If residents aren’t dying from COVID-19 itself, or COVID-related conditions, they are dying of loneliness.

My grandma back in Iowa has recently had to stay in the hospital for three days due to heart complications; I wasn’t allowed to see her. She has been all alone in her apartment for the past eight months and her life truly depends on family and quality time with loved ones.

I’ve seen a huge disconnect from her. All she has is technology and that has always been a struggle for her to figure out. Thankfully, family always popped in to show her how to work her iPad or fix her cell phone but now she has to figure it out on her own. She doesn’t sound the same on the phone; she’s lonely and would do just about anything to be sitting next to someone, drinking tea and NOT talking about the pandemic or politics.

It’s a lonely world for lots of us but when your last remaining years are filled with isolation and fear, it sure makes you question so many things. All I keep saying is, “It’s not fair.” To any generation. The price I would pay to be holding her hand again and having a cup of tea, talking about how crazy dark it is at 4 p.m, and then laughing because we say that every year.

During nursing school, my grandma would give me a kiss on each cheek and promise me that everything was going to be all right. What I would truly give to have those two kisses right now.

In the clinic, I have to disappointment families daily when we have a new rule now being implemented. Or watch parents yell back and forth when I have to tell them only one parent can be allowed in their kids’ appointment.

I’ve also been asking to cross-train in outpatient mental health due to rapid increase of new patients or increased frequency of visits by current patients.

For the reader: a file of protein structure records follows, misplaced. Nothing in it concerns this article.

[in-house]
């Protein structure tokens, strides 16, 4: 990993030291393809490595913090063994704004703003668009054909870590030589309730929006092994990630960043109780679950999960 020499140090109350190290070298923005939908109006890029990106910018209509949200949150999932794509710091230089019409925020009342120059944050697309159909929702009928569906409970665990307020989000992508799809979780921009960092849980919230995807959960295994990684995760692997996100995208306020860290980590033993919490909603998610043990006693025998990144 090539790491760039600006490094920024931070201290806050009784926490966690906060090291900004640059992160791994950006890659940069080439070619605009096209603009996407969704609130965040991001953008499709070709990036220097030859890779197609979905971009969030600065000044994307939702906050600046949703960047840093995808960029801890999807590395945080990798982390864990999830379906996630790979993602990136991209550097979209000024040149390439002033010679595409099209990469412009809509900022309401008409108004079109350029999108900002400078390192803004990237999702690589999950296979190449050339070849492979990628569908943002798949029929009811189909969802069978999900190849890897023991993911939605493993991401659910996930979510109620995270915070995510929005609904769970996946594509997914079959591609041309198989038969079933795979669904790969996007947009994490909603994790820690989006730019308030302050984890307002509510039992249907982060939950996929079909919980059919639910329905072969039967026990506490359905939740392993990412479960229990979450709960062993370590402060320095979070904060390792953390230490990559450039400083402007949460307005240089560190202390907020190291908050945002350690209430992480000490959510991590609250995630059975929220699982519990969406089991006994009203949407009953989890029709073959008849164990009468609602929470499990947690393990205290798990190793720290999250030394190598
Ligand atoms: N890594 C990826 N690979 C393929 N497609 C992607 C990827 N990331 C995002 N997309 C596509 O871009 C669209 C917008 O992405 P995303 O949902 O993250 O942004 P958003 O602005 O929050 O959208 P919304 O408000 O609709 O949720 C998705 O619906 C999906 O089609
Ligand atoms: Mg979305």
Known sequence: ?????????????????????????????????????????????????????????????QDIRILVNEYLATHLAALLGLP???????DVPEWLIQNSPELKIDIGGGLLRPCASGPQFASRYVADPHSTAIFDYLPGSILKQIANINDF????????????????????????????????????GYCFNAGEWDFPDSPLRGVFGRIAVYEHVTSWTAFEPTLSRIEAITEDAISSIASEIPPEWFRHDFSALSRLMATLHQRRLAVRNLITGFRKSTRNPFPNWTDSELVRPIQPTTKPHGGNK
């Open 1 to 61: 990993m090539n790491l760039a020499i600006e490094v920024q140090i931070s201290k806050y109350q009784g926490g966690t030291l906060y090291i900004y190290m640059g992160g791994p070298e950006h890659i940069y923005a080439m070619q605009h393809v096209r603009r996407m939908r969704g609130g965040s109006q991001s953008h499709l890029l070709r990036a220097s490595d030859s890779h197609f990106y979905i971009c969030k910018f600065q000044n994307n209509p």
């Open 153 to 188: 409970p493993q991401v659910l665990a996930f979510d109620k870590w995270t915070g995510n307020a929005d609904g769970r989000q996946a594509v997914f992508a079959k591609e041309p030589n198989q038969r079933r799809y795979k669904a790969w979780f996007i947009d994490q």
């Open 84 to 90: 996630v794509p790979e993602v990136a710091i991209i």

At my one job, it’s almost “frowned upon” to get tested. It could almost feel threatening to get tested without at least three symptoms and the symptoms lasting longer than five days. Zero screening done.

My other job doesn’t require testing quite YET. Daily screening with vitals being taken and recorded. Zero staff with reported or positive tests nor residents. They have access to rapid testing, if needed. They have about three different “charts” to follow in case a staff member, resident, or a high-risk exposure happens.

It’s usually a daily changing situation and truly never know what you’re about to walk in to. Hospital employees get turned away from getting tested on a regular basis yet are the ones with firsthand exposure to all age groups.

I average about 24 med passes in eight hours and could point out and tell you exactly the medication and dose of each resident 100 times by heart. Since March, those medications have changed drastically. Extreme increase in anti-depressants and a lot of new anti-anxiety prescriptions.

We are tired. So tired.

Nurse D:


It was a Friday afternoon when I got a text message from one of my management members saying that they went in to get tested due to having some mild flu symptoms and a free test was conducted in their area that particular day. Thinking nothing of it, I went on with my evening; it’s flu season, it probably is nothing.

Oh boy, was I wrong.

She tested positive. Because of the close work-relationship that management has in our facility while at work and privately, all of us had to go into quarantine and get tested that following Monday. Each of us got a different test: one had the saliva test, one got the mid-nasal, and one got the throat swab. Now the waiting began.

We were all convinced that we were positive due to the fact that we had just spent the last three days in close contact. We went out together to a meeting, spent lunch hours together, had a zoom meeting, and even went to purchase Christmas decorations for our facility.